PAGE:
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31 January 2013

European Environment Agency spotlights past health scandals to prevent future tragedies

The European Environment Agency (EEA) released a 700-odd page report on 23 January on a raft of old and newer health and environmental scandals. And “scandals” is the word, because certain products have stayed in use, in some cases for decades, in the teeth of scientific evidence of their dangers to humans and the environment. Where occupational health is concerned, the paper singles out vinyl chloride monomer and the pesticide DBCP as two markers for how industry lobbies can strong-arm science, the law and public authorities.

Vinyl chloride is a chemical mainly used to manufacture PVC. The exposure level permitted in workplaces in Western Europe and the United States is currently less than 1 mg/m³, but from the 1950s until the mid-1970s, it was more than 1000 times higher than that.

Studies were reporting the human toxicity of this chemical from as early as the 1930s. Vinyl chloride manufacturers knew of the dangers but chose to hush them up. A 1972 secret agreement between the big American and European producers revealed 30 years later by a startling book by two American researchers evidenced that the signatories undertook not to disclose the results of animal tests done by Italian researchers.

These tests revealed the occurrence of liver and kidney cancers in laboratory animals exposed to a daily concentration of vinyl chloride less than half that permitted in workplaces at the time ... This, while many workers exposed to vinyl chloride were dying from liver and other cancers, as shown by epidemiological surveys done around the world.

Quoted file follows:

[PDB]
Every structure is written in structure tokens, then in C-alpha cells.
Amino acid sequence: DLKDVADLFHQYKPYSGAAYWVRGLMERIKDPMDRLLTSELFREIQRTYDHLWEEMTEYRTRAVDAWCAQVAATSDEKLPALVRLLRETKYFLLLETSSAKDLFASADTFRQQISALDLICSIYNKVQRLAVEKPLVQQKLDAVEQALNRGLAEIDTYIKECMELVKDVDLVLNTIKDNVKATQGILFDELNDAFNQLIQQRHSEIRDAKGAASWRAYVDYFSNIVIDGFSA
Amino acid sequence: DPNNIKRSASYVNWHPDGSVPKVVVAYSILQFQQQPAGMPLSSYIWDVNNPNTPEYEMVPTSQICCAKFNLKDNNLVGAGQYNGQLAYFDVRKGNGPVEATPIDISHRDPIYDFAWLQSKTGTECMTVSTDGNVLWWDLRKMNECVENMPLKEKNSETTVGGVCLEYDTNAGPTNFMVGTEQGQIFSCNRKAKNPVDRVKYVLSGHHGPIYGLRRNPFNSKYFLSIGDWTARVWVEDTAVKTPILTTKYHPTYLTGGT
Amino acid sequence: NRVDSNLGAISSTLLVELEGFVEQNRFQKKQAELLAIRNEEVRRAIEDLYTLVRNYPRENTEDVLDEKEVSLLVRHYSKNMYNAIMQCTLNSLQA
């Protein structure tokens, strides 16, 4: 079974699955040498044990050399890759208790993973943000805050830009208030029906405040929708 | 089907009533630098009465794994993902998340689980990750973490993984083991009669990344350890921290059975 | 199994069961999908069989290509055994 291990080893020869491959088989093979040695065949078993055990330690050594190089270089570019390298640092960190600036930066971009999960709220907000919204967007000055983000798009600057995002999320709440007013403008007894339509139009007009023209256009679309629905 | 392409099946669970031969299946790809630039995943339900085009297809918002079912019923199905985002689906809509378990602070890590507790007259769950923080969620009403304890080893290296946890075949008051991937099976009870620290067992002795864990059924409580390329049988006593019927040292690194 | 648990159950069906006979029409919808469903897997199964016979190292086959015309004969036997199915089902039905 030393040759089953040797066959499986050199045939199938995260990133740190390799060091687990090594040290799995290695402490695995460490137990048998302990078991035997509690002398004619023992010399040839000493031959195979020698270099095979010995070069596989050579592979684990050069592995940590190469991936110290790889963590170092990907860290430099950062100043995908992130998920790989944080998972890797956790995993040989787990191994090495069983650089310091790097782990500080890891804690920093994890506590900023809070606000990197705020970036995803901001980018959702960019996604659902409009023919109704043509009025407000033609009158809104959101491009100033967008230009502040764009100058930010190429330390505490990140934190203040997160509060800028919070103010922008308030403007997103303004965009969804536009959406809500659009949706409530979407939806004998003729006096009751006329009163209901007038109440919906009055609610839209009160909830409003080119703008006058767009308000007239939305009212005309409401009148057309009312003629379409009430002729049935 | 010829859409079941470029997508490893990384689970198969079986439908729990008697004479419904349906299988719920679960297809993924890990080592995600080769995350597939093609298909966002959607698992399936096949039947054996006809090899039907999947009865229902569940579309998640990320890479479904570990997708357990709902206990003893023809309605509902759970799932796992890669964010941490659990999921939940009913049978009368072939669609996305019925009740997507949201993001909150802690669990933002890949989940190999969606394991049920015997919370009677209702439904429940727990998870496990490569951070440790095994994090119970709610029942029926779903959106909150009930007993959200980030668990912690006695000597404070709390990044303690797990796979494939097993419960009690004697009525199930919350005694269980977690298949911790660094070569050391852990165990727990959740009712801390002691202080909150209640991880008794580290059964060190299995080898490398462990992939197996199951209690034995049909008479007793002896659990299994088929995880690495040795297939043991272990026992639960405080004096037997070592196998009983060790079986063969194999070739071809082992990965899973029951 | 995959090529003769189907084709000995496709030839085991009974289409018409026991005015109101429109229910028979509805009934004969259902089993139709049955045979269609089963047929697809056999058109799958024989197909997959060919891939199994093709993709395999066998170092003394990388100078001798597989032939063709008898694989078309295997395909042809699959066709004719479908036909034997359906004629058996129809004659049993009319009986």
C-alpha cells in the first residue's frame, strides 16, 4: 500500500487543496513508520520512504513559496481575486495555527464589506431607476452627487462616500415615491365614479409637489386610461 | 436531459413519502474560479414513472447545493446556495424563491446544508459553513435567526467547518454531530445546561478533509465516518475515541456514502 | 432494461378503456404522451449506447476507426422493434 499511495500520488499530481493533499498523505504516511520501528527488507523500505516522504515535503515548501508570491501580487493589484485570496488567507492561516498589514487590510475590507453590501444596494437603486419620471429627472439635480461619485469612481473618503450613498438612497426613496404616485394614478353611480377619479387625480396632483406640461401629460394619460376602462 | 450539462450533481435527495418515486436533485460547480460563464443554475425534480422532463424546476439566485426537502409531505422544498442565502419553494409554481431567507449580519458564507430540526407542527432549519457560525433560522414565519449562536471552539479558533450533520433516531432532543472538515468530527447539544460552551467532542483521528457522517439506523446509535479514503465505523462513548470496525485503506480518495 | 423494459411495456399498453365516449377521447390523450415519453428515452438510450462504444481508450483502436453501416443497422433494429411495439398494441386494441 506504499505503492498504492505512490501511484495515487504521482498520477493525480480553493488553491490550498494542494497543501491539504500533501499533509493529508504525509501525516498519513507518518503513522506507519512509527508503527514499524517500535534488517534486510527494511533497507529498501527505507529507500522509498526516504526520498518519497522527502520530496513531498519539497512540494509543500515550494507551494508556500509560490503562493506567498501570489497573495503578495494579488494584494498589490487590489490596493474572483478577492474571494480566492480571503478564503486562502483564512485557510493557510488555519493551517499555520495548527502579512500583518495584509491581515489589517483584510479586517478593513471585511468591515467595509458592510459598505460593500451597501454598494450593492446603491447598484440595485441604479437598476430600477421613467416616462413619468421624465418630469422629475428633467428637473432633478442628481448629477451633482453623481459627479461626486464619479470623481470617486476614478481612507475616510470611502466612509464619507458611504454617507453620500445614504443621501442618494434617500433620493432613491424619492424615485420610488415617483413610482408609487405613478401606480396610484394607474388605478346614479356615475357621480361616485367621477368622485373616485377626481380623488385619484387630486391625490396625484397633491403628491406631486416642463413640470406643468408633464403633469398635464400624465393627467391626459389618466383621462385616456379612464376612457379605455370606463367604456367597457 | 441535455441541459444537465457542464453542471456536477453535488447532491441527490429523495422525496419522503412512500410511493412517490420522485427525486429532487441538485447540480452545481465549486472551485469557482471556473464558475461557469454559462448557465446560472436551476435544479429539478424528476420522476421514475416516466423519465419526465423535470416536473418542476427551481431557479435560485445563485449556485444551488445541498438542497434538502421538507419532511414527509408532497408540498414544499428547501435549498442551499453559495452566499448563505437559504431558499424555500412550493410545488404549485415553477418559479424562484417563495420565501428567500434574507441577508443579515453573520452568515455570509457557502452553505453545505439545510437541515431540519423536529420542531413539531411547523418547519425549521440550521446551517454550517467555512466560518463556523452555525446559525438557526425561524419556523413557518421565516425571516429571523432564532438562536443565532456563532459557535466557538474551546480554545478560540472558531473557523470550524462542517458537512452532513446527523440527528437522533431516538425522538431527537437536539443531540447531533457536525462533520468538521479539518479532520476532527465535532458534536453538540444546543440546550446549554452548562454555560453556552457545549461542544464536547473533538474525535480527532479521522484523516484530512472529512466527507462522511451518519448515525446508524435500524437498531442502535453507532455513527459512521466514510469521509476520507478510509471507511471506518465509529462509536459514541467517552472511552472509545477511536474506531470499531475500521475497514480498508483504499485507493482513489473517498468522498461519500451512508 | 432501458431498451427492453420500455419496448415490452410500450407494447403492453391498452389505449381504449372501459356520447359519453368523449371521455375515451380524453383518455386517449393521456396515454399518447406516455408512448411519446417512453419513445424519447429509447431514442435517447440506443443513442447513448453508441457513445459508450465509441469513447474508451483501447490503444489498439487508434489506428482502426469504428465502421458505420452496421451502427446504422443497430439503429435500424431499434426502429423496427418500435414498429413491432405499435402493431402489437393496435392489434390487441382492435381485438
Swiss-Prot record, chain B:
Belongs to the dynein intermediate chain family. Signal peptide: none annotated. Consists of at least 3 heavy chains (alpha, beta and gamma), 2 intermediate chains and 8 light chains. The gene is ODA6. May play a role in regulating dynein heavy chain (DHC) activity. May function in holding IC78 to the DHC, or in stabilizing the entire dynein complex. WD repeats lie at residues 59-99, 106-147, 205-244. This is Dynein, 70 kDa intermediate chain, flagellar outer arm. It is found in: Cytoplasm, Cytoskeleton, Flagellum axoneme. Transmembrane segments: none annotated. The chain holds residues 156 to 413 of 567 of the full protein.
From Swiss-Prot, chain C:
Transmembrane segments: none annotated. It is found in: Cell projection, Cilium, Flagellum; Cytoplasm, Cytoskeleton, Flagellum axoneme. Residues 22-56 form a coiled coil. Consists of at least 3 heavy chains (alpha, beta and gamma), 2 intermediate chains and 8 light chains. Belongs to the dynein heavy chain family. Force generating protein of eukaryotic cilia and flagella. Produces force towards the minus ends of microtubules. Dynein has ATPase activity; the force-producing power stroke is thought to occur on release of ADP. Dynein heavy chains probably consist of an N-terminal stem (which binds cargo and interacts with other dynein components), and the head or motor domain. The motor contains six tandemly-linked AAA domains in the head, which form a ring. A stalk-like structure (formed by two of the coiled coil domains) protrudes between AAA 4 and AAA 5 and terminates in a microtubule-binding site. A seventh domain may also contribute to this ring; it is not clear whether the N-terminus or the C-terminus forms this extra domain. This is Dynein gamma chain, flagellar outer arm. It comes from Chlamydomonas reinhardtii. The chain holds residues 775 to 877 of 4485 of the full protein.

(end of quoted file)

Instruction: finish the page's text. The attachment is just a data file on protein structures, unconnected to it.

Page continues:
The widespread use for almost 40 years of the powerful pesticide DBCP (dibromochloropropane) in tropical fruit plantations (mainly bananas and pineapples) has prevented tens of thousands of workers from fathering children. Introduced to the market in 1955, DBCP would be used on a massive scale in the United States before being banned in 1977 after a government study showed that exposure to DBCP reduced the quantity and quality of sperm. Although outlawed in the United States and developed countries, DBCP remained in extensive use for about another decade in Latin America, the Caribbean, the Philippines and some African countries.

The report calls for governments and the main economic actors to learn the lessons of these tragedies. "Much of what we are able to learn from the histories of past environmental and public health mistakes is also directly applicable to the better regulation and governance of global institutions and financial and economic risks" writes Jacqueline McGlade, Executive Director of EEA, in the report’s introduction.

The report calls on the authorities and the business community for more vigilance than in the past in relation to emerging risks like radiation, genetically-modified products, mobile phones and nanotechnology.

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